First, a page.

The publication of a report in your newspaper (May 29) captioned ‘GFF Super League action continues Sunday’ has left me dumbfounded in relation to the latest points standings. But before I deal with that, I must indicate that the GFF Super League is no longer funded by FIFA, but out of the local federation’s coffers.
The GFF Super League definitely needs restructuring in the sense that each participating team should have a sound nursery programme, whereby it would be compulsory for under 11, 13,15, 17,19, 21 and 23 teams to participate in domestic association competitions. At the senior domestic level, senior national players should be debarred from participating, unless they are within the age-limit.
Reigning national club champions Alpha United, on 41 points with 2 matches left to play have already secured the 2012-13 Super League title. Second-place Pele on 30 points cannot overtake Alpha, but can secure the runner-up spot providing they win their final match. BK Int Western Tigers currently third with 26 points, can also maintain their position with 2 victories in their final 2 matches.
This brings me to an essential point. Is there a dearth of goal scorers in 70% of the 10 teams? Or are the goalkeepers that good? Alpha United scored 70 goals and conceded 7 for a goal difference of +63, which is 6 more goals than the four bottom-placed teams combined, and 7 less than the other four top-placed teams! In other words Alpha have accounted for almost 31% of the goals scored to date, and the other 9 teams account for 69%, or 158 goals.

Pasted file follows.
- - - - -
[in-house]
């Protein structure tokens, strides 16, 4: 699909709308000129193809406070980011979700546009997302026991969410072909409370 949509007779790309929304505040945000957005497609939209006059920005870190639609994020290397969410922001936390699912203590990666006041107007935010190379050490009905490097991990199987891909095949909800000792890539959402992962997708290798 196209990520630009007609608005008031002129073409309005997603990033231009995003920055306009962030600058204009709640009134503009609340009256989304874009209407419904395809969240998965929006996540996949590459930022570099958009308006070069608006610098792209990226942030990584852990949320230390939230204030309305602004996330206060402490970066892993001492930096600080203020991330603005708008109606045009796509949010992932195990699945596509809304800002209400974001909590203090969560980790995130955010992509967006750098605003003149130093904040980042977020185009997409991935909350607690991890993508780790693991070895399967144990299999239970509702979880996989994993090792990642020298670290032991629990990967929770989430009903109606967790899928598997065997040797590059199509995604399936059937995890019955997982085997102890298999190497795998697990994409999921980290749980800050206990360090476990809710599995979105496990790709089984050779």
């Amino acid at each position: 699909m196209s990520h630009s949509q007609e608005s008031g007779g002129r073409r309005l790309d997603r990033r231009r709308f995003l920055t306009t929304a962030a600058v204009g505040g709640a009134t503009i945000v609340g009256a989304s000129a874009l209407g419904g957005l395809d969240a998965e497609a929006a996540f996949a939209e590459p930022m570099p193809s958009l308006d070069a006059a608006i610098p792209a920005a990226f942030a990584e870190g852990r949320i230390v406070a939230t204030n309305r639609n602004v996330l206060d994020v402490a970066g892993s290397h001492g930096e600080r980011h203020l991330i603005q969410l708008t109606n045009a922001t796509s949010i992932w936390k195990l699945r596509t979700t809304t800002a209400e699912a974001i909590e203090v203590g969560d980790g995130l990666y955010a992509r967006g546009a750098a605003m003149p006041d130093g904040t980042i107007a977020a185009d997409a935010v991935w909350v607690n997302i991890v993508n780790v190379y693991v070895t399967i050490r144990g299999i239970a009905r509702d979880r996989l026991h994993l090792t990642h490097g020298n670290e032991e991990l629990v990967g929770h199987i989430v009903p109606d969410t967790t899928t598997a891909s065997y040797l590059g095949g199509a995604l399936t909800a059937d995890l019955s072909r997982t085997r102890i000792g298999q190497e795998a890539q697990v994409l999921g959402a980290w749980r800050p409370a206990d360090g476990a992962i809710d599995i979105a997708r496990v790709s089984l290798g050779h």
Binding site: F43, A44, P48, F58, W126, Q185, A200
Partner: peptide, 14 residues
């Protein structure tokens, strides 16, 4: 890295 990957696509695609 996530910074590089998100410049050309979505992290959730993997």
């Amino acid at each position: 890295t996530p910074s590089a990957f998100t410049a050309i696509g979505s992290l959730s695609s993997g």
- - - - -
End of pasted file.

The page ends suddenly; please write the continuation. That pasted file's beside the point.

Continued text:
Does the GFF honestly feel that the 7 teams which placed from 4th-10th with goal differences ranging from – 2 to – 27 ‒ and not – 25 as was incorrectly stated for Uitvlugt Warriors ‒ can attract mega bucks for sponsorship?
By the way, how many of the 10 teams have a proper reserve goalkeeper? And what is the level of certification in the coaching department, including assistant coaches? Also, it must be noted that I, have not commented upon the physical trainers and physiotherapists, much less nutritionists, all of whom are found among most of our Caribbean contemporaries. Can local club football rise to that level? Needless to say the administration and management of teams may also have a shortfall.
Meanwhile Alpha United with the relevant finances at its disposal will always be able to attract most of the best players locally. But in the absence of churning out adequate replacements through a sound nursery programme, the sport will continue to suffer. Despite its success a significant number of players in Alpha at the end of the season don’t get the needed playing time, which is a waste of talent and future potential. Would this factor be taken into consideration and would loan spells at weaker clubs be examined?